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Heart Disease Health Center

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Plavix, PPI Combo: Risky for Heart Patients?

Study Shows Risks of Combining Plavix and Proton Pump Inhibitors
WebMD Health News

March 3, 2009 -- Heart attack patients who take an acid-reducing proton pump inhibitor (PPI) drug like Prilosec or Nexium in combination with the antiplatelet drug Plavix are more likely to have a second heart attack than patients who don't take PPIs, according to new research.

The findings confirm several smaller trials and one larger one, reported just weeks ago, suggesting that PPIs can inhibit the blood clot-inhibiting activity of Plavix, also known as clopidogrel.

Heart patients in the study who took Plavix with a PPI had a 25% increased risk of dying or of requiring hospitalization for heart-related issues, compared to patients who took Plavix alone, says study researcher P. Michael Ho, MD, PhD of the Denver VA Medical Center. Even after adjusting for factors such as patient age and other health factors, the concomitant use of Plavix and a PPI was still associated with a substantially higher risk of subsequent heart attacks or need for revascularization procedures.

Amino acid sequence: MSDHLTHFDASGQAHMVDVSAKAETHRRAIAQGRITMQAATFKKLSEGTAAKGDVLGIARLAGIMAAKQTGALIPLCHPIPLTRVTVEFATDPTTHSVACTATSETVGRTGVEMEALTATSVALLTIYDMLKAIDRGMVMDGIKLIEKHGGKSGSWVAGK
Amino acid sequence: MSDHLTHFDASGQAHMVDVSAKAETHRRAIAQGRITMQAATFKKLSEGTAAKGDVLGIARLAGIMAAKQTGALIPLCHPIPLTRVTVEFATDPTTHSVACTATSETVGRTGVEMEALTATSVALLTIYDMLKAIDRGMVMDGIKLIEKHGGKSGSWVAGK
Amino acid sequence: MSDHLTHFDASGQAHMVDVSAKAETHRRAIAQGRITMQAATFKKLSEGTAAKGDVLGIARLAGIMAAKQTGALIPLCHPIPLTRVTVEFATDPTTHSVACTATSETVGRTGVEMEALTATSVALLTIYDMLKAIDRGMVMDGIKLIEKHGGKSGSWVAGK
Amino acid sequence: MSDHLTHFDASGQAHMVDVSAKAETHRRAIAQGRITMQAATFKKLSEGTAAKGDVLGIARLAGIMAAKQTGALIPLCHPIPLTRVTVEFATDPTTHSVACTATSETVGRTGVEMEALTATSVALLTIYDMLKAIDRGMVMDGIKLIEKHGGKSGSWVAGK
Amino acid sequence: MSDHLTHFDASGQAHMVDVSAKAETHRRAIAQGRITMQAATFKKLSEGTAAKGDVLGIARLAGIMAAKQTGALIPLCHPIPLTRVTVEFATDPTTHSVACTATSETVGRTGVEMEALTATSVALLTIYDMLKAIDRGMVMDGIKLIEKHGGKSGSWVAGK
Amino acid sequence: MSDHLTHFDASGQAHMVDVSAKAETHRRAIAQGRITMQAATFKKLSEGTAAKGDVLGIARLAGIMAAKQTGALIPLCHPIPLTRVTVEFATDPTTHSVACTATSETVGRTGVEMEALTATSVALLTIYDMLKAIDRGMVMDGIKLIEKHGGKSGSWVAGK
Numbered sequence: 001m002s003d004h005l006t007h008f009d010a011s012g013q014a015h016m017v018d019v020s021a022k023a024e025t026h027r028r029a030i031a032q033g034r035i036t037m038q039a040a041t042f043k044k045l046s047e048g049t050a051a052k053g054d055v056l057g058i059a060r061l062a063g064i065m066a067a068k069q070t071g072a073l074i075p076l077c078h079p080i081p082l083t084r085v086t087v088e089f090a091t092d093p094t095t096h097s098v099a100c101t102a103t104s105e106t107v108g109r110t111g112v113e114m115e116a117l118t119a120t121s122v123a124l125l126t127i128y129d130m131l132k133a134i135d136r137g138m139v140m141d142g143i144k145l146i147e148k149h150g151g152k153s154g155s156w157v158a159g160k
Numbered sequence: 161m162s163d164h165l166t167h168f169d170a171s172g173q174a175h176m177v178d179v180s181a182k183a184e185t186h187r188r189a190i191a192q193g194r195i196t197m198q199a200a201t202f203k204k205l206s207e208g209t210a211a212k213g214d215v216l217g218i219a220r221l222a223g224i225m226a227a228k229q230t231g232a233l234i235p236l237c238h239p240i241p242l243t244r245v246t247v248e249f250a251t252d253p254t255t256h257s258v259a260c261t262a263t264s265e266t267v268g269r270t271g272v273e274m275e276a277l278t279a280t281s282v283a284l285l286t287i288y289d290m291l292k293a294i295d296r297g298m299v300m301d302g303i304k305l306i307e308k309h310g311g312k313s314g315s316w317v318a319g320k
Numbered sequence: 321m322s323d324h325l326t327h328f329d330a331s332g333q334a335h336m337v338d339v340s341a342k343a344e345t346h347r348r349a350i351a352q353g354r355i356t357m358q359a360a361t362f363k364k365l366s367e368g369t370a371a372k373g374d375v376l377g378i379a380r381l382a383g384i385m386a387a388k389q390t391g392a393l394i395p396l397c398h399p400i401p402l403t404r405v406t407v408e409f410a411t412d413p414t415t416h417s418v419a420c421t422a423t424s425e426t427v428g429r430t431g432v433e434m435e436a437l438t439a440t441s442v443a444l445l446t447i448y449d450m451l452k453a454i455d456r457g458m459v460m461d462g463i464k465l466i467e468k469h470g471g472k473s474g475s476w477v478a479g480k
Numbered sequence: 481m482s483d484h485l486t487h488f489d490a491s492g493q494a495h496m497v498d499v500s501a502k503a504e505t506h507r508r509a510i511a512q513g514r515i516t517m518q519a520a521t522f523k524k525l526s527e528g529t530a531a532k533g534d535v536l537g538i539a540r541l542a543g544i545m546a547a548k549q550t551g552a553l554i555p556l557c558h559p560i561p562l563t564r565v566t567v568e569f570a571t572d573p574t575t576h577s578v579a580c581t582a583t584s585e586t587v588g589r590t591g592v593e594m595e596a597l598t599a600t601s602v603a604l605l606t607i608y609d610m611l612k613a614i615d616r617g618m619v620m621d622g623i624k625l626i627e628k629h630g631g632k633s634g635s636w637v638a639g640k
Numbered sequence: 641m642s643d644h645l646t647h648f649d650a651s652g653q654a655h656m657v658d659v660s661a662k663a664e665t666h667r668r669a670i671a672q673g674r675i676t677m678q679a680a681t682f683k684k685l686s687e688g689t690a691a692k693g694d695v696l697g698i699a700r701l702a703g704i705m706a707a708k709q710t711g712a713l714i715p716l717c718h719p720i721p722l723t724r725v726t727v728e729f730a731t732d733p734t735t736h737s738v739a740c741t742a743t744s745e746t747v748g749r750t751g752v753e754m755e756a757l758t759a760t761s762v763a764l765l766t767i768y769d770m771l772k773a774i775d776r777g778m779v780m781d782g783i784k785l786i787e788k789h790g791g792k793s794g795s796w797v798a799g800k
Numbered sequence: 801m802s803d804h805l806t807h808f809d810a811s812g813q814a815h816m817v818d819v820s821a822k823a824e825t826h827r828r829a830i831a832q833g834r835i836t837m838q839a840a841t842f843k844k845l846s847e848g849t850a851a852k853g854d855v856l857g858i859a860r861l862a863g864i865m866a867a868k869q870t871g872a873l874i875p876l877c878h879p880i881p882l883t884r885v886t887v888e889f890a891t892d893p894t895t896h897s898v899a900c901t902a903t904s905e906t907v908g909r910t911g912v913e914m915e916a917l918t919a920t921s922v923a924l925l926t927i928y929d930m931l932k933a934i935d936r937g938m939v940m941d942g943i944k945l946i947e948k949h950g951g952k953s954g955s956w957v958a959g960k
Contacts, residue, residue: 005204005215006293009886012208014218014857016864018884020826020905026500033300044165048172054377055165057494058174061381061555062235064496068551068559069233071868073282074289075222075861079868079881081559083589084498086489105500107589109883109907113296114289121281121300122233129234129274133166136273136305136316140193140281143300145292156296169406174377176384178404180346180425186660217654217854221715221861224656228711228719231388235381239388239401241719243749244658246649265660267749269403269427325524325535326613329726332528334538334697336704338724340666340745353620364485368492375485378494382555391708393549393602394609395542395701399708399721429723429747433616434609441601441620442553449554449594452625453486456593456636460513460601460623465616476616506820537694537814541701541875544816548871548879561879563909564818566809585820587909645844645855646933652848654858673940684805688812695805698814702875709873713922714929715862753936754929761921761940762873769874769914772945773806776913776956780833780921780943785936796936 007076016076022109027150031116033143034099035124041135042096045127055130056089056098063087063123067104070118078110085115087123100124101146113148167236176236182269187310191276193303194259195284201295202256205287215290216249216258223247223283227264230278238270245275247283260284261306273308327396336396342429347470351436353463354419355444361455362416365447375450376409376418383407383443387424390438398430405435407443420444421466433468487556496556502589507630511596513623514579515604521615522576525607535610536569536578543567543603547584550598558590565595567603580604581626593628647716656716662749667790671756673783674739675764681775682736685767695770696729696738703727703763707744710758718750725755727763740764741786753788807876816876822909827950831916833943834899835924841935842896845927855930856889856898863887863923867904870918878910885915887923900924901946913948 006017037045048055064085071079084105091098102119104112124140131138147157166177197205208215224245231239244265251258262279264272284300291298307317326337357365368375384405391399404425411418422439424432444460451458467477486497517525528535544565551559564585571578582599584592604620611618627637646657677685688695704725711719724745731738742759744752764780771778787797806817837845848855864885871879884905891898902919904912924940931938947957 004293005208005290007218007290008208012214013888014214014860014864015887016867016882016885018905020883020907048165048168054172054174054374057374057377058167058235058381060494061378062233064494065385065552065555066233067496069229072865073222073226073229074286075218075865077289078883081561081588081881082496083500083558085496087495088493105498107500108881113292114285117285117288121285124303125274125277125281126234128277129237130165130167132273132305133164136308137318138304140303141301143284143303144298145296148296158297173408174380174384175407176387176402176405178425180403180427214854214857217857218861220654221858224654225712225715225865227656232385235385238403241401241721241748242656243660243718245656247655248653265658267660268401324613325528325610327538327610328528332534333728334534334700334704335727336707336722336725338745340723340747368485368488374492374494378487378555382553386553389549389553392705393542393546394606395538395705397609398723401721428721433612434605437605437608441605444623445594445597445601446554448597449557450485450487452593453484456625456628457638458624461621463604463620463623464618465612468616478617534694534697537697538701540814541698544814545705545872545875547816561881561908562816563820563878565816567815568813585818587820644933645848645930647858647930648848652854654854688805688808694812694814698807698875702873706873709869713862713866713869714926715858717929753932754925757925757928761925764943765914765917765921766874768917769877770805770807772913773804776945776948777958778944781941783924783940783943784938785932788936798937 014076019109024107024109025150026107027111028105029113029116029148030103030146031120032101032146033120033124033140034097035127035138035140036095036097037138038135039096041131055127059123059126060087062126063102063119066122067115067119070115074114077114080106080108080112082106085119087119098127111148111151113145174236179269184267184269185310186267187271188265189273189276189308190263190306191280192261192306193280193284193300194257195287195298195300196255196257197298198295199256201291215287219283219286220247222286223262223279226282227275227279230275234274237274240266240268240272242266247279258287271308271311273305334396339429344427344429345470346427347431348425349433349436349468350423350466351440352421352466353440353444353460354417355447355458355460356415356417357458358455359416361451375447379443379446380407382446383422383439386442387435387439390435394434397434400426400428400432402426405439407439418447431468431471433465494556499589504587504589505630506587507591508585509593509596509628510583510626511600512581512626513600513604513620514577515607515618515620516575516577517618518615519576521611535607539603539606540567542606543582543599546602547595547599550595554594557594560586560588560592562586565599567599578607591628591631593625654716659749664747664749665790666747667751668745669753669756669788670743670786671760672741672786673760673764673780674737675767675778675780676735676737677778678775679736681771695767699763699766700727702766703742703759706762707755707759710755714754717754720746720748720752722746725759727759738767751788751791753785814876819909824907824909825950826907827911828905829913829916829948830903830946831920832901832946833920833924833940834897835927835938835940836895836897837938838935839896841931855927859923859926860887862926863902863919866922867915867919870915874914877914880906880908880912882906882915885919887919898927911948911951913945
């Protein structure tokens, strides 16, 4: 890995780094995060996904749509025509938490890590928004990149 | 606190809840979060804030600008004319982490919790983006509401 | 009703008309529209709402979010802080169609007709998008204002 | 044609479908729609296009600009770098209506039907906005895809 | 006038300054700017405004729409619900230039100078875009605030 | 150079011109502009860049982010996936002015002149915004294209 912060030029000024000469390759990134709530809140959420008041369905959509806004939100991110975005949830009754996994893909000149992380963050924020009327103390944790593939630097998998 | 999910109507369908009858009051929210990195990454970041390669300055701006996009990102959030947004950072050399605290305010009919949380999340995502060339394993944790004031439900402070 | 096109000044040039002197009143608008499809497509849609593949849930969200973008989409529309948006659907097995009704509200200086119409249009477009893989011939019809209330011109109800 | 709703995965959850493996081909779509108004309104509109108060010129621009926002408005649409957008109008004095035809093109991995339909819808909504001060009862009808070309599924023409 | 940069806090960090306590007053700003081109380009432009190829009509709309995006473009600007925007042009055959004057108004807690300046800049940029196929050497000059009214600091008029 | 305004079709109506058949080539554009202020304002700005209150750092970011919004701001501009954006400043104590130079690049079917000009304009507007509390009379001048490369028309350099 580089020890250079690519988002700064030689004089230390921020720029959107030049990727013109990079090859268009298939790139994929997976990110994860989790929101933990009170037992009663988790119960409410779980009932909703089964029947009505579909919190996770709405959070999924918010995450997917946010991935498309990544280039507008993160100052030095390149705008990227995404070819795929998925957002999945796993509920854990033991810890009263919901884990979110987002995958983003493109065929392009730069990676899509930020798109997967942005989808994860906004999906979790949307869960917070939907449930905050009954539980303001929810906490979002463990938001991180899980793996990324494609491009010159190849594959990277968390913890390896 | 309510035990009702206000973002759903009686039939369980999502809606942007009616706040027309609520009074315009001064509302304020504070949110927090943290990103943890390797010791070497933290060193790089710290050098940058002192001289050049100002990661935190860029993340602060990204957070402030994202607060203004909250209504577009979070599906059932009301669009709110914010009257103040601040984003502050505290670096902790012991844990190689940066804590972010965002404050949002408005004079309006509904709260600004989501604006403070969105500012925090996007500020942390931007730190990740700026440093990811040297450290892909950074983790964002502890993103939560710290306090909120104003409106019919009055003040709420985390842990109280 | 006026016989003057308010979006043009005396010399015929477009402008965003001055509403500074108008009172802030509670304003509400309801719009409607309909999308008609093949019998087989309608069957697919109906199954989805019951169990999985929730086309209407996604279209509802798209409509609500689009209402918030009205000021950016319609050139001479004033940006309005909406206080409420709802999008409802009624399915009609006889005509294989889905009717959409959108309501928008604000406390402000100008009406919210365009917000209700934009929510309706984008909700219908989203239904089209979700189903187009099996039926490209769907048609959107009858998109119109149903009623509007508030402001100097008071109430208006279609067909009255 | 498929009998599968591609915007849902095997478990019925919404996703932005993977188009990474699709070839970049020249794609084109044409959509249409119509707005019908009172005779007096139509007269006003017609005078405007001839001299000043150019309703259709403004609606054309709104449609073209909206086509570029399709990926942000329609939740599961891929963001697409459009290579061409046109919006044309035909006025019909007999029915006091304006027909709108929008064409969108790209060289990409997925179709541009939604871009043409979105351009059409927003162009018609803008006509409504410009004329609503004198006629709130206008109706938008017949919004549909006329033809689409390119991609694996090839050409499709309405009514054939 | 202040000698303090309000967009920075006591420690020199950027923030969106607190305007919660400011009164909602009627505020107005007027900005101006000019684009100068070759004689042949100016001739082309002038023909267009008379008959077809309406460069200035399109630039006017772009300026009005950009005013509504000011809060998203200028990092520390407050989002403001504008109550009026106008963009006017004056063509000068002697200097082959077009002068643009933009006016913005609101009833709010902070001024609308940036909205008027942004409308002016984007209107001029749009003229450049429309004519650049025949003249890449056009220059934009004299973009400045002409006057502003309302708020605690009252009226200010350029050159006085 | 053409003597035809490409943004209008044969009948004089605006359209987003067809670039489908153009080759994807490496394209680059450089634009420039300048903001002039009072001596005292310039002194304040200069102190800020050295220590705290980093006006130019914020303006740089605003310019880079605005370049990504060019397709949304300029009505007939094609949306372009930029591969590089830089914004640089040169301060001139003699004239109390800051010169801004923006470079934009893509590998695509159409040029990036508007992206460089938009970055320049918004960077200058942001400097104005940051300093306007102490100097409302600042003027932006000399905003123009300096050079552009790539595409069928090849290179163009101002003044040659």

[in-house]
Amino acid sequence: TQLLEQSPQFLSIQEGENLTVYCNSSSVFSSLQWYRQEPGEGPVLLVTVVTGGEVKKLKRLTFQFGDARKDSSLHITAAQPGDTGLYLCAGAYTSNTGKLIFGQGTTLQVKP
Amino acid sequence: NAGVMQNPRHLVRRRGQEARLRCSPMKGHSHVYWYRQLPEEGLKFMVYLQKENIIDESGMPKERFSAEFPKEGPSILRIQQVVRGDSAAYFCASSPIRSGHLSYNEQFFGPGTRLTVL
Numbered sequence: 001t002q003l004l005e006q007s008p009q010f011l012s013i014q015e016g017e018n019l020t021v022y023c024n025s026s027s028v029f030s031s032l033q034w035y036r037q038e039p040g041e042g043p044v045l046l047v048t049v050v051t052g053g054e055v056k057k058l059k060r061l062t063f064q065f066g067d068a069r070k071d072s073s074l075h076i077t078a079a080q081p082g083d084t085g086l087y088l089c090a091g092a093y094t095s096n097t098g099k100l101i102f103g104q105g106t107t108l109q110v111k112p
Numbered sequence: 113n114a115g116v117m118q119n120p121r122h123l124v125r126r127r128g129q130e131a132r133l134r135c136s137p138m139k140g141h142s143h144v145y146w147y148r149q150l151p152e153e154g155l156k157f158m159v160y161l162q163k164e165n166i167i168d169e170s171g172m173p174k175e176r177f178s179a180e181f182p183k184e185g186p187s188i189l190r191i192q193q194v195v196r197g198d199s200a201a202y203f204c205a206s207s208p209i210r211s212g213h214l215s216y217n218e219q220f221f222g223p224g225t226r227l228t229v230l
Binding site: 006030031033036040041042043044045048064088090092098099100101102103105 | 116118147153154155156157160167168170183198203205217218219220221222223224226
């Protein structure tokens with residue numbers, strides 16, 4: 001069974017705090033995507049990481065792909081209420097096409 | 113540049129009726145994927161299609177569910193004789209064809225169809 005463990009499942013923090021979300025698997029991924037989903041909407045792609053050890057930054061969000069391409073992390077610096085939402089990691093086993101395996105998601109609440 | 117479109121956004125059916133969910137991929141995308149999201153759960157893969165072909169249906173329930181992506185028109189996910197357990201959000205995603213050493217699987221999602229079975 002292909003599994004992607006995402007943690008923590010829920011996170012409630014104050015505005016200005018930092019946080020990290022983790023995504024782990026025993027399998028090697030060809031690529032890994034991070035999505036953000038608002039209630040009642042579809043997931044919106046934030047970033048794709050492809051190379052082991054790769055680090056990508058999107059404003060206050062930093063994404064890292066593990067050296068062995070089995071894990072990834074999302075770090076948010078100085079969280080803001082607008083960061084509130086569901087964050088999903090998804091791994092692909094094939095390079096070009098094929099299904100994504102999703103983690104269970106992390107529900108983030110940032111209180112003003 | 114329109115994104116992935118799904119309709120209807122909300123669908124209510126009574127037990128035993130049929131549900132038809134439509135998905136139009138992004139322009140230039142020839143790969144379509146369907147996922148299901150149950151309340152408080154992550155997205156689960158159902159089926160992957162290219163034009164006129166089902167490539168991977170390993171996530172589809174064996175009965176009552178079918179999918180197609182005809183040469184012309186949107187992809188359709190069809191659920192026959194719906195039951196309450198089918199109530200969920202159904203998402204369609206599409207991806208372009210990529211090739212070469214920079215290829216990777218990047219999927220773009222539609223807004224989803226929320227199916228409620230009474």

The study appears in the March 4 issue of TheJournal of the American Medical Association.

"It is increasingly clear that PPIs should not be prescribed to patients taking clopidogrel unless there is a good indication for doing so," Ho tells WebMD.

PPIs Routinely Given With Plavix

Along with aspirin, Plavix is routinely prescribed after a heart attack or as part of treatment for heart conditions like unstable angina to prevent potentially life-threatening blood clots from forming.

PPIs, such as Prilosec, Nexium, Prevacid, Aciphex, and Protonix, are often prescribed as well to reduce the risk of gastric bleeding from the blood-thinning combination treatment.

But several recent studies suggest that patients who take Plavix and PPIs together have an increased risk for recurrent heart attacks and death from other heart-related causes.

In an effort to shed light on the issue, Ho and colleagues followed more than 8,000 patients treated for heart attacks or unstable angina at 127 Veterans Administration hospitals across the country.

Plavix was prescribed to all the patients, and 64% were prescribed a PPI.

Over three years of follow-up, about 30% of the patients who took Plavix plus a PPI either died or were hospitalized for heart-related causes, compared to 21% of the patients who took the antiplatelet drug without a PPI.

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